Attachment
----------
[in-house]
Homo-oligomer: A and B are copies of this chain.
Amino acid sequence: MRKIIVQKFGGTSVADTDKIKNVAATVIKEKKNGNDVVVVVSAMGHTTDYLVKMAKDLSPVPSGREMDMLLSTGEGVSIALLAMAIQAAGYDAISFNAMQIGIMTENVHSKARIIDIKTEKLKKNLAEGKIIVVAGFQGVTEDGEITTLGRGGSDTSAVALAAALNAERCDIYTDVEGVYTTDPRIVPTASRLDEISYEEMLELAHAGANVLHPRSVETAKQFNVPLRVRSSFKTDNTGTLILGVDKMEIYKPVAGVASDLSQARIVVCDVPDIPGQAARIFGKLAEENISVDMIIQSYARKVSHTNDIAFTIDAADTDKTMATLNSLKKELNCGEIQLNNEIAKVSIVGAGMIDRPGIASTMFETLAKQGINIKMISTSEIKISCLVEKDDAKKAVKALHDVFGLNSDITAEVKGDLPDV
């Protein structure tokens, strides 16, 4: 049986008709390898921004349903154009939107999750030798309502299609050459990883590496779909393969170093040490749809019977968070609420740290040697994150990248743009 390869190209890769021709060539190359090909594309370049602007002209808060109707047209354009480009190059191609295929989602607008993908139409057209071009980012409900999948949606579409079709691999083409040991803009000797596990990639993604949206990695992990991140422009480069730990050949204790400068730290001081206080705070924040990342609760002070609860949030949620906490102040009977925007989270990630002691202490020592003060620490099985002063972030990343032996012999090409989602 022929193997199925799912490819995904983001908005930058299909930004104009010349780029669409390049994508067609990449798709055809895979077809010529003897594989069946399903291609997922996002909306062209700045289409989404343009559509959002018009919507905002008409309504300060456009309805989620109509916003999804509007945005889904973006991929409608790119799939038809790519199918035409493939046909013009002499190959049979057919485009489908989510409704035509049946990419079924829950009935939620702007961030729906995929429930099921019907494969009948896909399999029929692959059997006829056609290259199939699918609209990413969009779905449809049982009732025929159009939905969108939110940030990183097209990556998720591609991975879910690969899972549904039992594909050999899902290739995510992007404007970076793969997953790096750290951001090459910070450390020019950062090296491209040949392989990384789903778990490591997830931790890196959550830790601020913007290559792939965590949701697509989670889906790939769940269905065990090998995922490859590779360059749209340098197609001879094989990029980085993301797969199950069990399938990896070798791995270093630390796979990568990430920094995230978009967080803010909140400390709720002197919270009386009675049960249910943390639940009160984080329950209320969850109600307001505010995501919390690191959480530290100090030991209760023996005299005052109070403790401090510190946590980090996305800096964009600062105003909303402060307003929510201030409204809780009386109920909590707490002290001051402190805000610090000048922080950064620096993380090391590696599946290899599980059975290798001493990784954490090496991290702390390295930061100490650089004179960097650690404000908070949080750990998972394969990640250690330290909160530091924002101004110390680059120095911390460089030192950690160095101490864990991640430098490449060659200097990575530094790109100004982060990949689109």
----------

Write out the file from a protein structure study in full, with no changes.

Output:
[in-house]
Homo-oligomer: A and B are copies of this chain.
Amino acid sequence: MRKIIVQKFGGTSVADTDKIKNVAATVIKEKKNGNDVVVVVSAMGHTTDYLVKMAKDLSPVPSGREMDMLLSTGEGVSIALLAMAIQAAGYDAISFNAMQIGIMTENVHSKARIIDIKTEKLKKNLAEGKIIVVAGFQGVTEDGEITTLGRGGSDTSAVALAAALNAERCDIYTDVEGVYTTDPRIVPTASRLDEISYEEMLELAHAGANVLHPRSVETAKQFNVPLRVRSSFKTDNTGTLILGVDKMEIYKPVAGVASDLSQARIVVCDVPDIPGQAARIFGKLAEENISVDMIIQSYARKVSHTNDIAFTIDAADTDKTMATLNSLKKELNCGEIQLNNEIAKVSIVGAGMIDRPGIASTMFETLAKQGINIKMISTSEIKISCLVEKDDAKKAVKALHDVFGLNSDITAEVKGDLPDV
């Protein structure tokens, strides 16, 4: 049986008709390898921004349903154009939107999750030798309502299609050459990883590496779909393969170093040490749809019977968070609420740290040697994150990248743009 390869190209890769021709060539190359090909594309370049602007002209808060109707047209354009480009190059191609295929989602607008993908139409057209071009980012409900999948949606579409079709691999083409040991803009000797596990990639993604949206990695992990991140422009480069730990050949204790400068730290001081206080705070924040990342609760002070609860949030949620906490102040009977925007989270990630002691202490020592003060620490099985002063972030990343032996012999090409989602 022929193997199925799912490819995904983001908005930058299909930004104009010349780029669409390049994508067609990449798709055809895979077809010529003897594989069946399903291609997922996002909306062209700045289409989404343009559509959002018009919507905002008409309504300060456009309805989620109509916003999804509007945005889904973006991929409608790119799939038809790519199918035409493939046909013009002499190959049979057919485009489908989510409704035509049946990419079924829950009935939620702007961030729906995929429930099921019907494969009948896909399999029929692959059997006829056609290259199939699918609209990413969009779905449809049982009732025929159009939905969108939110940030990183097209990556998720591609991975879910690969899972549904039992594909050999899902290739995510992007404007970076793969997953790096750290951001090459910070450390020019950062090296491209040949392989990384789903778990490591997830931790890196959550830790601020913007290559792939965590949701697509989670889906790939769940269905065990090998995922490859590779360059749209340098197609001879094989990029980085993301797969199950069990399938990896070798791995270093630390796979990568990430920094995230978009967080803010909140400390709720002197919270009386009675049960249910943390639940009160984080329950209320969850109600307001505010995501919390690191959480530290100090030991209760023996005299005052109070403790401090510190946590980090996305800096964009600062105003909303402060307003929510201030409204809780009386109920909590707490002290001051402190805000610090000048922080950064620096993380090391590696599946290899599980059975290798001493990784954490090496991290702390390295930061100490650089004179960097650690404000908070949080750990998972394969990640250690330290909160530091924002101004110390680059120095911390460089030192950690160095101490864990991640430098490449060659200097990575530094790109100004982060990949689109």